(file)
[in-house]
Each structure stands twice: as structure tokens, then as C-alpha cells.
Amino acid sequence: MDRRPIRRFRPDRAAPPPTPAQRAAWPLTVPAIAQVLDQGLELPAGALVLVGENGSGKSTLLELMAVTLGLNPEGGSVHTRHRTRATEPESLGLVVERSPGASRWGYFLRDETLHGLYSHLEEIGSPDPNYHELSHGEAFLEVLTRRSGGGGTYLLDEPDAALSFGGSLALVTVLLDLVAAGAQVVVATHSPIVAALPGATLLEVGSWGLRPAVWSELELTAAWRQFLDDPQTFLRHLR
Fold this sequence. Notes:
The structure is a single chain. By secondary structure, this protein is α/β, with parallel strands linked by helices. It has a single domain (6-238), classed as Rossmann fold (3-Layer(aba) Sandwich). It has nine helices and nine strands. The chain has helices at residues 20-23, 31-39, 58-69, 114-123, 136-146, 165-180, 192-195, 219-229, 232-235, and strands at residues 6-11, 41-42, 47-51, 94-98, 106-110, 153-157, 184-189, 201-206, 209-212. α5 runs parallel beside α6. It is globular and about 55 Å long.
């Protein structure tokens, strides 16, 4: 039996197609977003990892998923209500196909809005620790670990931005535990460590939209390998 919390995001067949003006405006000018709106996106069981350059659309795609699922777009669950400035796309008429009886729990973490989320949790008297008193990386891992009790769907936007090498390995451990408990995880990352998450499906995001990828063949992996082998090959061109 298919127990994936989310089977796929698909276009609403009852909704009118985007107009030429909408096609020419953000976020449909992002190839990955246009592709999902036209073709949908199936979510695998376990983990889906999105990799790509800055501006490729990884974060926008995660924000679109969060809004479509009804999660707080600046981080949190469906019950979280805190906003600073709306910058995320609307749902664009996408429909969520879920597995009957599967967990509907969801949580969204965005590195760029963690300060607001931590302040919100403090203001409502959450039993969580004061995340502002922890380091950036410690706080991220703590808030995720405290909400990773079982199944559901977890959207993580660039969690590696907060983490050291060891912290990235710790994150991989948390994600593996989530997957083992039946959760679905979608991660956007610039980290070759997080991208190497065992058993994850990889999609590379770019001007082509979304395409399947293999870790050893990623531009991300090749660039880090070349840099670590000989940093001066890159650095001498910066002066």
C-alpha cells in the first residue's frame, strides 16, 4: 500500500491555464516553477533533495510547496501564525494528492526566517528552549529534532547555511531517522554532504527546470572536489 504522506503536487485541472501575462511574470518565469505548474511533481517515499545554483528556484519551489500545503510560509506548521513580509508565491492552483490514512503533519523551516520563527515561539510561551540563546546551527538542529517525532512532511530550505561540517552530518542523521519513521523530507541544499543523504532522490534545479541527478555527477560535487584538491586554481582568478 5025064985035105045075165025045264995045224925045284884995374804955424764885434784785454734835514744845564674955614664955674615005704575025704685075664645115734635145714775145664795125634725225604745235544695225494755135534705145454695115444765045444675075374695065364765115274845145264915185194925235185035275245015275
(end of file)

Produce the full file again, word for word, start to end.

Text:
[in-house]
Each structure stands twice: as structure tokens, then as C-alpha cells.
Amino acid sequence: MDRRPIRRFRPDRAAPPPTPAQRAAWPLTVPAIAQVLDQGLELPAGALVLVGENGSGKSTLLELMAVTLGLNPEGGSVHTRHRTRATEPESLGLVVERSPGASRWGYFLRDETLHGLYSHLEEIGSPDPNYHELSHGEAFLEVLTRRSGGGGTYLLDEPDAALSFGGSLALVTVLLDLVAAGAQVVVATHSPIVAALPGATLLEVGSWGLRPAVWSELELTAAWRQFLDDPQTFLRHLR
Fold this sequence. Notes:
The structure is a single chain. By secondary structure, this protein is α/β, with parallel strands linked by helices. It has a single domain (6-238), classed as Rossmann fold (3-Layer(aba) Sandwich). It has nine helices and nine strands. The chain has helices at residues 20-23, 31-39, 58-69, 114-123, 136-146, 165-180, 192-195, 219-229, 232-235, and strands at residues 6-11, 41-42, 47-51, 94-98, 106-110, 153-157, 184-189, 201-206, 209-212. α5 runs parallel beside α6. It is globular and about 55 Å long.
């Protein structure tokens, strides 16, 4: 039996197609977003990892998923209500196909809005620790670990931005535990460590939209390998 919390995001067949003006405006000018709106996106069981350059659309795609699922777009669950400035796309008429009886729990973490989320949790008297008193990386891992009790769907936007090498390995451990408990995880990352998450499906995001990828063949992996082998090959061109 298919127990994936989310089977796929698909276009609403009852909704009118985007107009030429909408096609020419953000976020449909992002190839990955246009592709999902036209073709949908199936979510695998376990983990889906999105990799790509800055501006490729990884974060926008995660924000679109969060809004479509009804999660707080600046981080949190469906019950979280805190906003600073709306910058995320609307749902664009996408429909969520879920597995009957599967967990509907969801949580969204965005590195760029963690300060607001931590302040919100403090203001409502959450039993969580004061995340502002922890380091950036410690706080991220703590808030995720405290909400990773079982199944559901977890959207993580660039969690590696907060983490050291060891912290990235710790994150991989948390994600593996989530997957083992039946959760679905979608991660956007610039980290070759997080991208190497065992058993994850990889999609590379770019001007082509979304395409399947293999870790050893990623531009991300090749660039880090070349840099670590000989940093001066890159650095001498910066002066």
C-alpha cells in the first residue's frame, strides 16, 4: 500500500491555464516553477533533495510547496501564525494528492526566517528552549529534532547555511531517522554532504527546470572536489 504522506503536487485541472501575462511574470518565469505548474511533481517515499545554483528556484519551489500545503510560509506548521513580509508565491492552483490514512503533519523551516520563527515561539510561551540563546546551527538542529517525532512532511530550505561540517552530518542523521519513521523530507541544499543523504532522490534545479541527478555527477560535487584538491586554481582568478 5025064985035105045075165025045264995045224925045284884995374804955424764885434784785454734835514744845564674955614664955674615005704575025704685075664645115734635145714775145664795125634725225604745235544695225494755135534705145454695115444765045444675075374695065364765115274845145264915185194925235185035275245015275